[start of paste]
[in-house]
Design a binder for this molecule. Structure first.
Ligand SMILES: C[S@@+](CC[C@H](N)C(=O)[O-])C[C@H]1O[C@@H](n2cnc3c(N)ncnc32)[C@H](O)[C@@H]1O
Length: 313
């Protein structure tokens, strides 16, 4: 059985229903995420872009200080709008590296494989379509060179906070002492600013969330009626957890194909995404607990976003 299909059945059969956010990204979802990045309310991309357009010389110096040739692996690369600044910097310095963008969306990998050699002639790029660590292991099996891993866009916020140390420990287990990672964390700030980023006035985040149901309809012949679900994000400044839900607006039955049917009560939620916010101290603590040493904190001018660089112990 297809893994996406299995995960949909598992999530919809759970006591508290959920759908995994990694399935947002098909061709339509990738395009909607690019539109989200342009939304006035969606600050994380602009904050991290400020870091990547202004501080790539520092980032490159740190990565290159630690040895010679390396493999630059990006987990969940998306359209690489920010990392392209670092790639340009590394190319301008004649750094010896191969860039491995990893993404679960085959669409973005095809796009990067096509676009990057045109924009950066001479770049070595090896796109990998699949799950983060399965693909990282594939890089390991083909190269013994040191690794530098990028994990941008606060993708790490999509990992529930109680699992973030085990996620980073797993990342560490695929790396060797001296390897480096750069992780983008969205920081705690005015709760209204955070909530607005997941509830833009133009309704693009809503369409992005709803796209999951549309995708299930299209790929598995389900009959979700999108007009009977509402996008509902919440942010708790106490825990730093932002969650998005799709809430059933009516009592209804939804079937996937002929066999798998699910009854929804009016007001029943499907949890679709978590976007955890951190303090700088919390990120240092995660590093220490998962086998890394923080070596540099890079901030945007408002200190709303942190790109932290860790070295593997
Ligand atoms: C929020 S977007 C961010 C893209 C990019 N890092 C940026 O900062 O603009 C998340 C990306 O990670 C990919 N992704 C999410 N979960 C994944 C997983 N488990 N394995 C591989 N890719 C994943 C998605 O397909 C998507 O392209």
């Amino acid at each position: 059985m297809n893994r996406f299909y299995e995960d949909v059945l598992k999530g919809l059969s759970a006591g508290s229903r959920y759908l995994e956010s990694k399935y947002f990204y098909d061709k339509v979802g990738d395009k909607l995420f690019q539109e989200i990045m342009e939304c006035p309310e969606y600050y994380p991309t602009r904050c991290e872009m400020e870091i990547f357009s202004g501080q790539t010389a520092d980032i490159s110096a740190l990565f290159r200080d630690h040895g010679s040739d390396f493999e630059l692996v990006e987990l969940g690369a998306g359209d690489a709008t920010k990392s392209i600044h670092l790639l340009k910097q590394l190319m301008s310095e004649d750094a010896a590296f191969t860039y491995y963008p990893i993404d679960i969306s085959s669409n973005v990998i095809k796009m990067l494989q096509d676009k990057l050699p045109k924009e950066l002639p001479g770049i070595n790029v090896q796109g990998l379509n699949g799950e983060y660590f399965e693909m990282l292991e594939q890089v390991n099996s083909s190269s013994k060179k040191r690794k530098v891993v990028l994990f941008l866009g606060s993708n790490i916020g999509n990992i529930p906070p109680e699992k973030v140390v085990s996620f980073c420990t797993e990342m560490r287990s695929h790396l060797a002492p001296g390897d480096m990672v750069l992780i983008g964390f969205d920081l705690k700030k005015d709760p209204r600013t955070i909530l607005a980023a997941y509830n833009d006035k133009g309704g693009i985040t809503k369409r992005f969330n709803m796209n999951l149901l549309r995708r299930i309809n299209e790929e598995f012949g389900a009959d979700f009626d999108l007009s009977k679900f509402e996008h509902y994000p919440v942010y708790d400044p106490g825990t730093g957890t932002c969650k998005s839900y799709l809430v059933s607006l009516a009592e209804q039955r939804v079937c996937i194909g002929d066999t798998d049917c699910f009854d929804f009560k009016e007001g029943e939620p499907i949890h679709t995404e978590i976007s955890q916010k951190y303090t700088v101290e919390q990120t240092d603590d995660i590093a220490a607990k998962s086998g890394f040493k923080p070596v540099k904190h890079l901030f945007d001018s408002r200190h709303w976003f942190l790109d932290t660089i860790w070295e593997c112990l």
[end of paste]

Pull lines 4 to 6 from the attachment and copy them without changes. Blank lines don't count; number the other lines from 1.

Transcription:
Length: 313
């Protein structure tokens, strides 16, 4: 059985229903995420872009200080709008590296494989379509060179906070002492600013969330009626957890194909995404607990976003 299909059945059969956010990204979802990045309310991309357009010389110096040739692996690369600044910097310095963008969306990998050699002639790029660590292991099996891993866009916020140390420990287990990672964390700030980023006035985040149901309809012949679900994000400044839900607006039955049917009560939620916010101290603590040493904190001018660089112990 297809893994996406299995995960949909598992999530919809759970006591508290959920759908995994990694399935947002098909061709339509990738395009909607690019539109989200342009939304006035969606600050994380602009904050991290400020870091990547202004501080790539520092980032490159740190990565290159630690040895010679390396493999630059990006987990969940998306359209690489920010990392392209670092790639340009590394190319301008004649750094010896191969860039491995990893993404679960085959669409973005095809796009990067096509676009990057045109924009950066001479770049070595090896796109990998699949799950983060399965693909990282594939890089390991083909190269013994040191690794530098990028994990941008606060993708790490999509990992529930109680699992973030085990996620980073797993990342560490695929790396060797001296390897480096750069992780983008969205920081705690005015709760209204955070909530607005997941509830833009133009309704693009809503369409992005709803796209999951549309995708299930299209790929598995389900009959979700999108007009009977509402996008509902919440942010708790106490825990730093932002969650998005799709809430059933009516009592209804939804079937996937002929066999798998699910009854929804009016007001029943499907949890679709978590976007955890951190303090700088919390990120240092995660590093220490998962086998890394923080070596540099890079901030945007408002200190709303942190790109932290860790070295593997
Ligand atoms: C929020 S977007 C961010 C893209 C990019 N890092 C940026 O900062 O603009 C998340 C990306 O990670 C990919 N992704 C999410 N979960 C994944 C997983 N488990 N394995 C591989 N890719 C994943 C998605 O397909 C998507 O392209």